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Pitfalls of Critical Illness Insurance

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Pitfalls of Critical Illness Insurance

Critical illness insurance provides you a lump sum payout if you develop cancer, have a heart attack, have a stroke, or have any one of about 2 dozen covered conditions. At least that’s how it’s sold.

Critical illness insurance provides you a lump sum payout if you develop cancer, have a heart attack, have a stroke, or have any one of about 2 dozen covered conditions. At least, that’s how it’s sold. The reality is quite different. It’s entirely possible for you to have a heart attack or develop cancer and not receive a benefit payout. All that elation over getting a cheque for $100,000 because you developed cancer? Gone in an instant with a denied claim. Let’s cover some of the pitfalls of critical illness insurance.

With critical illness insurance, the details of the policy contract will supersede both your salesperson’s hype and your expectations. If it’s defined in the contract, it governs. We have a series of articles that discuss specifics of critical illness insurance (read them all for more details) however this article will hopefully serve to both bust some of the myths about this type of insurance as well as uncover some gotcha’s.

  1. Simply developing cancer, stroke or heart attack is not enough. You are only covered if you develop the condition under a specific set of conditions, AND  are tested as required, AND report it within a specific timeframe.  If you fail meet any of these criteria your claim will be denied.  You should read and understand the definitions of each condition so you know what your coverage is for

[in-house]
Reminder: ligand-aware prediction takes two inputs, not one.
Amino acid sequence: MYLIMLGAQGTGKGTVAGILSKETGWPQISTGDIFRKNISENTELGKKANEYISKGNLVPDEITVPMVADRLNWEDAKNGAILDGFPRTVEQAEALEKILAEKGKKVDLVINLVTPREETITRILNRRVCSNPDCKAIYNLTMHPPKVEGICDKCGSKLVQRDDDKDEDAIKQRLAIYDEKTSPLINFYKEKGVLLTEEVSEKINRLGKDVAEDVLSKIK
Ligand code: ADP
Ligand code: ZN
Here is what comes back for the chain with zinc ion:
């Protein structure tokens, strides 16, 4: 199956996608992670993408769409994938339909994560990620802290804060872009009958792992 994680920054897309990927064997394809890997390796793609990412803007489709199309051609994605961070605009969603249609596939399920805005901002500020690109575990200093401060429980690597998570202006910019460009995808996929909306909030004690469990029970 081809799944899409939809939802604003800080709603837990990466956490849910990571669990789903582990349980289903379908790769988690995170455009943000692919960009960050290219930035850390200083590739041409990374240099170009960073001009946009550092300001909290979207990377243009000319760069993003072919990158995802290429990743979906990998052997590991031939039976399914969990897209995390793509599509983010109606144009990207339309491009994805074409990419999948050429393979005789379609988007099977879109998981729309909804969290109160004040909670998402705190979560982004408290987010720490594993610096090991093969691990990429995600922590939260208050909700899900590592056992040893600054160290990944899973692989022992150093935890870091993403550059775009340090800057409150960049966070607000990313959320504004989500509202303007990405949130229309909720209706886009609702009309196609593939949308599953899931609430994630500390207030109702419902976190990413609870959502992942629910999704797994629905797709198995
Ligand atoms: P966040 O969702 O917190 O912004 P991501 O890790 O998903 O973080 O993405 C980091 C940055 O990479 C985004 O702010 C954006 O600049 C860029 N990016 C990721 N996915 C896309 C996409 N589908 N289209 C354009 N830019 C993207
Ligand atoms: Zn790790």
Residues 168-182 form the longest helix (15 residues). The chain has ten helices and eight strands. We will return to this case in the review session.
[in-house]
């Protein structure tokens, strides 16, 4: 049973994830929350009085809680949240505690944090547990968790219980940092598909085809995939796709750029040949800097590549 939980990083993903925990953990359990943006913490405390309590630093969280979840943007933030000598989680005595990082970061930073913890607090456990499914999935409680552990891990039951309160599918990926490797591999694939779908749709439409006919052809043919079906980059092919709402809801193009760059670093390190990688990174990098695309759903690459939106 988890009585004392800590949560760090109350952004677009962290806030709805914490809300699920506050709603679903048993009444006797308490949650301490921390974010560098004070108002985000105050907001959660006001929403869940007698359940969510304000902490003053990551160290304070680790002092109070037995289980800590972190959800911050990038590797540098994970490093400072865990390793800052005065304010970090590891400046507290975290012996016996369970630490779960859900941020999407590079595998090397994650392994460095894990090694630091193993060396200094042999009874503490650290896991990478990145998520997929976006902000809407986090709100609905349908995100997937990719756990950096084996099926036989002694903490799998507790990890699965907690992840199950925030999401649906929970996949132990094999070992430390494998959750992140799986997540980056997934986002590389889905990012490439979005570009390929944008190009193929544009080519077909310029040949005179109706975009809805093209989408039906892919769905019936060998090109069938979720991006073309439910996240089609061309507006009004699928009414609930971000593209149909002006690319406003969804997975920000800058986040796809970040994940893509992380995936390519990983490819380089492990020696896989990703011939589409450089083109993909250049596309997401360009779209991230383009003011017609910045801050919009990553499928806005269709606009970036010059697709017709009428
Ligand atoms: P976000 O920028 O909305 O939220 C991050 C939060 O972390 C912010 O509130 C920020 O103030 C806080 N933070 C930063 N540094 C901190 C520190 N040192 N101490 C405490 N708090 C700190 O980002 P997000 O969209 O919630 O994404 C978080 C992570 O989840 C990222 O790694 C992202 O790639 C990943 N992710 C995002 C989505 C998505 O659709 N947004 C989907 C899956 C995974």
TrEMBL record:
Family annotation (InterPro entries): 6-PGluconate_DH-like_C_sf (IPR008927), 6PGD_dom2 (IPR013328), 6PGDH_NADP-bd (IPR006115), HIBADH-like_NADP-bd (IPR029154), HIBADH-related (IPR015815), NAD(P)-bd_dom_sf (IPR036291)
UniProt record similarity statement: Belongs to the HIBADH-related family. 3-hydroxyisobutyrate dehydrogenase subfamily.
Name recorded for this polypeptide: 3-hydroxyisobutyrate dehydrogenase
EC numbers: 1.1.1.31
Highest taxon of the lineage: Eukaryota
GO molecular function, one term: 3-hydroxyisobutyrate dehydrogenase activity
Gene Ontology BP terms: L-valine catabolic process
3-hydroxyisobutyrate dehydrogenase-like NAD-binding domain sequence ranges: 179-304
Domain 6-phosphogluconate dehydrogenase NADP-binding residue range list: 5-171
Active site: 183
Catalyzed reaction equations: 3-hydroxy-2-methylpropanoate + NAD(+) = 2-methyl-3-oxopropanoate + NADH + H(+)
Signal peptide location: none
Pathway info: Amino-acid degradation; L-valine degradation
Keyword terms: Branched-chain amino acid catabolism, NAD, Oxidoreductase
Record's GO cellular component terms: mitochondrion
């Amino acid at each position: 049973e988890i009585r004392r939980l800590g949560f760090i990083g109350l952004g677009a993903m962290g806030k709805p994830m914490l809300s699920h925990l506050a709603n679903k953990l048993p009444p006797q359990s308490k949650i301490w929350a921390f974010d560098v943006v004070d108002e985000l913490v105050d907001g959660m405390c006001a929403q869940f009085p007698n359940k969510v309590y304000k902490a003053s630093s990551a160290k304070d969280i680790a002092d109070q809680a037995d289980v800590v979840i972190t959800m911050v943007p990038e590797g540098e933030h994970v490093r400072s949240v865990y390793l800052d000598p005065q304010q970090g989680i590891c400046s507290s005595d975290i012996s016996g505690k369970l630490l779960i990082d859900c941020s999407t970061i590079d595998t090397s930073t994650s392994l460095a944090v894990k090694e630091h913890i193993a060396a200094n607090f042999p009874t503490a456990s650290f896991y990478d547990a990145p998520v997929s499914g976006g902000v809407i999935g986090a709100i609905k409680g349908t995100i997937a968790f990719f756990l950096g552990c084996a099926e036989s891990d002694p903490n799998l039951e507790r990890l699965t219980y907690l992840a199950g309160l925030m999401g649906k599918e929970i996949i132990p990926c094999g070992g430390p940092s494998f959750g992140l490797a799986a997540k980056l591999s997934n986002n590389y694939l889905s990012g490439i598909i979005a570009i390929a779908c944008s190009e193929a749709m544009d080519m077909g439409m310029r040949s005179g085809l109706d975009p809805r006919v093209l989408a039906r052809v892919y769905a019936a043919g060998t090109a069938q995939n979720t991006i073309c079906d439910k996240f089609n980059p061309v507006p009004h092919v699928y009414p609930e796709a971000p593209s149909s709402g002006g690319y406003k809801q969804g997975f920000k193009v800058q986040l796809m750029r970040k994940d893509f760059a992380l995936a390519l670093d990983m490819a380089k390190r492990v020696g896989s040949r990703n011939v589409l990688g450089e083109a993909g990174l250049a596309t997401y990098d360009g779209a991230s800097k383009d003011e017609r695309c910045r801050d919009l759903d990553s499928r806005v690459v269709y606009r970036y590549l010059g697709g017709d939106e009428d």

2. Only some heart attacks are covered.   Heart attacks are covered only if they are caused by a blockage.  Heart attacks occur for reasons other than blockages, those heart attacks are not covered.
  3. Only the “right” types of cancer are covered.  Some cancers such as early prostate or some forms of melanoma are specifically excluded or only partially covered.
  4. Cancer in the first 90 days of the policy is not covered.  That requires little explanation. This protects the company from people who may have developed symptoms but have deferred a diagnosis until after they buy a policy.
  5. Claims submitted after six months will be denied in many cases.  Yes, you’re busy dealing with your heart attack, but don’t forget to get the paperwork started or risk losing the benefit.
  6. If it kills you, it’s not covered.  If you die within 30 days of diagnosis, no claim is payable (there’s actually a policy available that is an exception to this).
  7. Only some organ transplants are covered.
  8. If you’re diagnosed and treated outside of Canada or the U.S., additional conditions apply.   Further, occupational HIV is not covered by some policies if you develop it outside of Canada or the U.S. – it varies by policy.
  9. Alzheimers disease is only covered if you need 8 hours of care each day.
  10. For loss of limbs coverage, you must lose two limbs – not one.
  11. Parkinson’s disease is covered only if you do not meet 2 of the definitions of daily living.  A diagnosis of Parkinson’s disease alone will result in a denied claim.

There are more details for each covered condition, the above is hopefully enough to serve as a warning that you must deal with an expert when purchasing Critical Illness Insurance. We recommend you call us toll free at 1-877-344-4011 or book a call with one of our critical illness specialists.


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